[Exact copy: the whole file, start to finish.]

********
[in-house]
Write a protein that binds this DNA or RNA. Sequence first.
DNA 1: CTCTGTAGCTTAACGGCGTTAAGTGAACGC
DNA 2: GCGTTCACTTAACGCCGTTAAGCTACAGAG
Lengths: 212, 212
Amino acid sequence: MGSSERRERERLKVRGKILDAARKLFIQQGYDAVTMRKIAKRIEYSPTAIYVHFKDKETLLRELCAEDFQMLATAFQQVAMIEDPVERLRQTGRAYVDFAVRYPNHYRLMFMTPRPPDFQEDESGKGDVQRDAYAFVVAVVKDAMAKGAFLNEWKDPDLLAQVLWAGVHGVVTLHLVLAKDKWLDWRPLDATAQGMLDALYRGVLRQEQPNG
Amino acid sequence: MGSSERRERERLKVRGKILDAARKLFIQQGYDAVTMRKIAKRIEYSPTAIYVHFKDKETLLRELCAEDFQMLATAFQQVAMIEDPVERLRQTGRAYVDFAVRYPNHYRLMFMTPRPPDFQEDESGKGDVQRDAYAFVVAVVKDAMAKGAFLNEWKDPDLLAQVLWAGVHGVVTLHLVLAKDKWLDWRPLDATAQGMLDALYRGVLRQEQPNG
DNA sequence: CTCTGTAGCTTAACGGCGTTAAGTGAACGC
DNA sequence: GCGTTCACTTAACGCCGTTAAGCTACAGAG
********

[in-house]
Write a protein that binds this DNA or RNA. Sequence first.
DNA 1: CTCTGTAGCTTAACGGCGTTAAGTGAACGC
DNA 2: GCGTTCACTTAACGCCGTTAAGCTACAGAG
Lengths: 212, 212
Amino acid sequence: MGSSERRERERLKVRGKILDAARKLFIQQGYDAVTMRKIAKRIEYSPTAIYVHFKDKETLLRELCAEDFQMLATAFQQVAMIEDPVERLRQTGRAYVDFAVRYPNHYRLMFMTPRPPDFQEDESGKGDVQRDAYAFVVAVVKDAMAKGAFLNEWKDPDLLAQVLWAGVHGVVTLHLVLAKDKWLDWRPLDATAQGMLDALYRGVLRQEQPNG
Amino acid sequence: MGSSERRERERLKVRGKILDAARKLFIQQGYDAVTMRKIAKRIEYSPTAIYVHFKDKETLLRELCAEDFQMLATAFQQVAMIEDPVERLRQTGRAYVDFAVRYPNHYRLMFMTPRPPDFQEDESGKGDVQRDAYAFVVAVVKDAMAKGAFLNEWKDPDLLAQVLWAGVHGVVTLHLVLAKDKWLDWRPLDATAQGMLDALYRGVLRQEQPNG
DNA sequence: CTCTGTAGCTTAACGGCGTTAAGTGAACGC
DNA sequence: GCGTTCACTTAACGCCGTTAAGCTACAGAG